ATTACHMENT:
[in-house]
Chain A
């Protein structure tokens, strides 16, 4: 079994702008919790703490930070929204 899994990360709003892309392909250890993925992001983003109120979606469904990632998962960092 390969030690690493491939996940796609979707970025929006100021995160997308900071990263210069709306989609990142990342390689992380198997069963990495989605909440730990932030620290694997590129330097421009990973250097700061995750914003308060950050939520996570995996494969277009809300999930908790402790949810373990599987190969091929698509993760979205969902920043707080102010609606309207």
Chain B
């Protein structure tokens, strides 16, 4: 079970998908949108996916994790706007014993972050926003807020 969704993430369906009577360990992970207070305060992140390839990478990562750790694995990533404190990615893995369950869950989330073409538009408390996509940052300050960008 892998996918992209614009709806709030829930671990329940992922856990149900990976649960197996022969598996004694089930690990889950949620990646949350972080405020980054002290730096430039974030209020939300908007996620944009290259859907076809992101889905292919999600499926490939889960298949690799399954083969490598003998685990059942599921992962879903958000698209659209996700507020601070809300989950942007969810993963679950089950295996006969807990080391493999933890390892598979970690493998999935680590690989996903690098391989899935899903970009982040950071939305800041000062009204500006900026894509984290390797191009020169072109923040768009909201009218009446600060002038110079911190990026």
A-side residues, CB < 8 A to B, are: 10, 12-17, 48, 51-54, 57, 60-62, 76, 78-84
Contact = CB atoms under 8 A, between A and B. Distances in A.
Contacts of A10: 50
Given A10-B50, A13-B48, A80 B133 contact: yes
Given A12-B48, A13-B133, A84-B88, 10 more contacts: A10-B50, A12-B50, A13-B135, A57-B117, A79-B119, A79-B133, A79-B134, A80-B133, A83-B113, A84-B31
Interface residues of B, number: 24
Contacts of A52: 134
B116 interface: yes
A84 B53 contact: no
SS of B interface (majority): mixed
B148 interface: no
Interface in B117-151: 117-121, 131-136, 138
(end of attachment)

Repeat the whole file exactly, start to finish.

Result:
[in-house]
Chain A
């Protein structure tokens, strides 16, 4: 079994702008919790703490930070929204 899994990360709003892309392909250890993925992001983003109120979606469904990632998962960092 390969030690690493491939996940796609979707970025929006100021995160997308900071990263210069709306989609990142990342390689992380198997069963990495989605909440730990932030620290694997590129330097421009990973250097700061995750914003308060950050939520996570995996494969277009809300999930908790402790949810373990599987190969091929698509993760979205969902920043707080102010609606309207």
Chain B
């Protein structure tokens, strides 16, 4: 079970998908949108996916994790706007014993972050926003807020 969704993430369906009577360990992970207070305060992140390839990478990562750790694995990533404190990615893995369950869950989330073409538009408390996509940052300050960008 892998996918992209614009709806709030829930671990329940992922856990149900990976649960197996022969598996004694089930690990889950949620990646949350972080405020980054002290730096430039974030209020939300908007996620944009290259859907076809992101889905292919999600499926490939889960298949690799399954083969490598003998685990059942599921992962879903958000698209659209996700507020601070809300989950942007969810993963679950089950295996006969807990080391493999933890390892598979970690493998999935680590690989996903690098391989899935899903970009982040950071939305800041000062009204500006900026894509984290390797191009020169072109923040768009909201009218009446600060002038110079911190990026």
A-side residues, CB < 8 A to B, are: 10, 12-17, 48, 51-54, 57, 60-62, 76, 78-84
Contact = CB atoms under 8 A, between A and B. Distances in A.
Contacts of A10: 50
Given A10-B50, A13-B48, A80 B133 contact: yes
Given A12-B48, A13-B133, A84-B88, 10 more contacts: A10-B50, A12-B50, A13-B135, A57-B117, A79-B119, A79-B133, A79-B134, A80-B133, A83-B113, A84-B31
Interface residues of B, number: 24
Contacts of A52: 134
B116 interface: yes
A84 B53 contact: no
SS of B interface (majority): mixed
B148 interface: no
Interface in B117-151: 117-121, 131-136, 138